Monday, December 15, 2008

Sing to Me, O Muse

The Murder of Agamemnon, Pierre Narcisse Guerin (1774-1883), The Louvre

At the start of The Odyssey, the gods are gathered in the house of Zeus, who says:

See now, how men lay blame upon us gods for what is after all nothing but their own folly.

This refers to the folly of Aegisthus, who brought about his own death at the hands of Orestes, avenging adultery with Orestes' mother Klytemnestra and the murder of his father Agamemnon.

The Father of Gods and Men might well have the same reaction to the Federal Open Market Committee's recent meeting statement, which included these goodies:

  • ... a target range for the federal funds rate of 0 to 1/4 percent
  • ... the Federal Reserve will purchase large quantities of agency debt and mortgage-backed securities to provide support to the mortgage and housing markets
  • Early next year, the Federal Reserve will also implement the Term Asset-Backed Securities Loan Facility to facilitate the extension of credit to households and small businesses.
  • The Federal Reserve will continue to consider ways of using its balance sheet to further support credit markets and economic activity.

This is the same policy of easy money and too-low interest rates that contributed to the crisis in the first place. In no way does this policy solve the present crisis. It doesn't provide more transparency to asset values, reduce universal risk aversion, or lower the burden of debt on consumers, businesses, and state and local governments. The only contribution to liquifying markets is to punish the individual saver with low rates. Current policies are perpetuating bubbles in real estate valuations, high levels of public and private indebtedness, and misallocation of our economic resources.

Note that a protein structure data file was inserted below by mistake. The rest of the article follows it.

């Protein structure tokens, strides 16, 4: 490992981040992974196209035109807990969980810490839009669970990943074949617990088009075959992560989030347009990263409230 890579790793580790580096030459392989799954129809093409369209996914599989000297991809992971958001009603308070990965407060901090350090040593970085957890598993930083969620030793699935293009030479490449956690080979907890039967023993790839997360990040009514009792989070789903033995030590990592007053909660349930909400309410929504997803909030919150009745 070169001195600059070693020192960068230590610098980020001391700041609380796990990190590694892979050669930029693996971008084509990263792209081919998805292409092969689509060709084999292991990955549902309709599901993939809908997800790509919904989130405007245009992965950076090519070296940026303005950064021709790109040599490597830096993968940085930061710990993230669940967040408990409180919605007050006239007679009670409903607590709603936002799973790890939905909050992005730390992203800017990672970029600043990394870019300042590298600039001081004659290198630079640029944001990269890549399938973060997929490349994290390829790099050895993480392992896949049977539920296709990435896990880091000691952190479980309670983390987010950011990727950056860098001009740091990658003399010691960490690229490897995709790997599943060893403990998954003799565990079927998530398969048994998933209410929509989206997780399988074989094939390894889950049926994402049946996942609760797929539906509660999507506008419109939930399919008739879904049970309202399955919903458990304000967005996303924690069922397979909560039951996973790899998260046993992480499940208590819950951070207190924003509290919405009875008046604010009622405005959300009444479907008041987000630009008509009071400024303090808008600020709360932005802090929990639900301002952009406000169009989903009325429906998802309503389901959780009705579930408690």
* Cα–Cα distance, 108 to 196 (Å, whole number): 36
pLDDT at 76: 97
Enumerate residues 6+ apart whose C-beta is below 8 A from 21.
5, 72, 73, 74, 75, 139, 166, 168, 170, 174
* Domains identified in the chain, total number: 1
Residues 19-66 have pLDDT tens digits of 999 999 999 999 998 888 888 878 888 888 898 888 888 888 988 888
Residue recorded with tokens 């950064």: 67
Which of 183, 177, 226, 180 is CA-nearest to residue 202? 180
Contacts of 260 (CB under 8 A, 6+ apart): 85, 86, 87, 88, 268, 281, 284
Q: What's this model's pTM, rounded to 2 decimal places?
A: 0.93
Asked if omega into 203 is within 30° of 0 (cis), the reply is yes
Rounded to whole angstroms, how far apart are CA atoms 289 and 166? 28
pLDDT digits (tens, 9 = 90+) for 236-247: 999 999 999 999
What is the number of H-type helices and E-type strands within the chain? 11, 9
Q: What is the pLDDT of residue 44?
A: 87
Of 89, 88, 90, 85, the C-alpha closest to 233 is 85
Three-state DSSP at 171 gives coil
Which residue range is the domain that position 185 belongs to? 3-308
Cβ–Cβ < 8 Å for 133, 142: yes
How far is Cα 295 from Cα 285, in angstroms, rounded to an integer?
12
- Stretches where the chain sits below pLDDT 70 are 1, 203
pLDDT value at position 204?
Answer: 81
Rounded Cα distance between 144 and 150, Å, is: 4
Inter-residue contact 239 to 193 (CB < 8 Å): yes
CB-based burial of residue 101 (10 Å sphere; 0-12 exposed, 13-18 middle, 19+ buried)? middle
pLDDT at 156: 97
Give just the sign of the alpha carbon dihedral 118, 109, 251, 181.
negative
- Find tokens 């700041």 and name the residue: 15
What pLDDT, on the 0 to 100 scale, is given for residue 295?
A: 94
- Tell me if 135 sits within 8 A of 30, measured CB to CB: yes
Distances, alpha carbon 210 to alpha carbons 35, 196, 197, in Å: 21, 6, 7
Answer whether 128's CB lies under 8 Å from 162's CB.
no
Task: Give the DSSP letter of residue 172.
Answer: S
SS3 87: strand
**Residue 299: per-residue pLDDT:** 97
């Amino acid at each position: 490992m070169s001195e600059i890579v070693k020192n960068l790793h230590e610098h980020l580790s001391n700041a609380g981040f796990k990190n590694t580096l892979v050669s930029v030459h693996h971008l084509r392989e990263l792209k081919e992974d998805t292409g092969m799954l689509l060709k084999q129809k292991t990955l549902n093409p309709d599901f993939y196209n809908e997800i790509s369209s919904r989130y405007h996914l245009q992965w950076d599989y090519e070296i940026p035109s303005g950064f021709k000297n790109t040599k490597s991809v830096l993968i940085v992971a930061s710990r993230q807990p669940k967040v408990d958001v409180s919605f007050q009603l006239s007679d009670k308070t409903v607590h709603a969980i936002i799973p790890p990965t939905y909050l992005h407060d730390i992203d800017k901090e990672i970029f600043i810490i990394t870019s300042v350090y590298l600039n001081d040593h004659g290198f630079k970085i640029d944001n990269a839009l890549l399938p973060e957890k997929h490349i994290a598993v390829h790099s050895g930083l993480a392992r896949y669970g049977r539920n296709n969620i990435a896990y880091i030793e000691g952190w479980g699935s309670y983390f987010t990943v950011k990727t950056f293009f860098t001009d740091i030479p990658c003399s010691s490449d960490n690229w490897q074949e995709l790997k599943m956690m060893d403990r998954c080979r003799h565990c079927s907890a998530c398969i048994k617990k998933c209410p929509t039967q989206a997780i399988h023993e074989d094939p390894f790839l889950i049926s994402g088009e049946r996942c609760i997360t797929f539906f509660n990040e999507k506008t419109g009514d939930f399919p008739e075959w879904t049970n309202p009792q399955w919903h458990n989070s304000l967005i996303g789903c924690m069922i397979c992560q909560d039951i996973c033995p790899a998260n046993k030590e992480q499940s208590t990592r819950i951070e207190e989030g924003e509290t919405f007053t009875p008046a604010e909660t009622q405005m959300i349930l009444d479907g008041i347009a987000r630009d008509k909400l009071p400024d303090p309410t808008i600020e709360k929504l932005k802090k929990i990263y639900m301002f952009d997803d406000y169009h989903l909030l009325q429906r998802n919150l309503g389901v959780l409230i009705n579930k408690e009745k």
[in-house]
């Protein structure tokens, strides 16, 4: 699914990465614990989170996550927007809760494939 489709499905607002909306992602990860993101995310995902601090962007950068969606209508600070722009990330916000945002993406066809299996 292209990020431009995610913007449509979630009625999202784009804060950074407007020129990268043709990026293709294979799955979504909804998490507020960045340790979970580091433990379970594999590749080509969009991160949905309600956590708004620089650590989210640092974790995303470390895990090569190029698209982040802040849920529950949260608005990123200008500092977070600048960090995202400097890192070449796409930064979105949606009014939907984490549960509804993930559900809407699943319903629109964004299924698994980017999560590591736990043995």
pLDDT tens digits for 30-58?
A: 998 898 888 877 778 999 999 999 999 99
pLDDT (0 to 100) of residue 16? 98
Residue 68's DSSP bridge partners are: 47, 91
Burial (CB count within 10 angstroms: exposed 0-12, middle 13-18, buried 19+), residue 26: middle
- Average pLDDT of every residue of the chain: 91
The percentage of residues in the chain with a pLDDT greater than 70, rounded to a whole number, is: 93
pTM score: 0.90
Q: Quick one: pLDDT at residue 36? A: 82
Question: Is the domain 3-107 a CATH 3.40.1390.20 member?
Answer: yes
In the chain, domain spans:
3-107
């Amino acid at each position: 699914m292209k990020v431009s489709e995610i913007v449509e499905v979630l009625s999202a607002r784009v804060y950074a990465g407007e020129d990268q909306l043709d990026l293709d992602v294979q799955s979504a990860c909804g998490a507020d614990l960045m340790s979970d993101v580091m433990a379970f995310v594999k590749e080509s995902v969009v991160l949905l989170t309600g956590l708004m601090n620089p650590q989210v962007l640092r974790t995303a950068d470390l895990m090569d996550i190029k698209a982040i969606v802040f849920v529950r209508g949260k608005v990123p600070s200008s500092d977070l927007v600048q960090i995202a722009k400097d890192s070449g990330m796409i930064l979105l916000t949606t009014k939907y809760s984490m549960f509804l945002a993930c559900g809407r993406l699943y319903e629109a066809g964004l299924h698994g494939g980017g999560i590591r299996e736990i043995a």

Unless this country stops pointing the finger and faces up to the blame, our economic system will be ruined, just as America's reputation has already been ruined around the world. Liar loans, lax SEC supervision, nonexistent risk management in the banks, and other follies have exposed just how far America has fallen from being the paragon on which the rest of the world was supposed to model its own economic and financial systems.

All of these financial follies were well known before the bubbles burst. Everyone knew that mortages for unaffordable homes were being given to unqualified buyers with falsified incomes. The long line at the feeding trough looked the other way and included buyers, developers, realtors, assessors, loan officers, mortgage bundlers, security underwriters, and rating agencies. Regulators looked the other way, and politicians at local, state, and national levels pandered to pet ideologies and special interests.

Consumers, financial executives, and legislators alike all seek bailouts and a quick fix, but ignore the basic fact that the roots of the crisis lie in their own folly. Where there is wanton disregard of risk, there should be blame.

Don't perpetuate failed policies, and don't bail out poor risk managers. Listen to the Son of Kronos.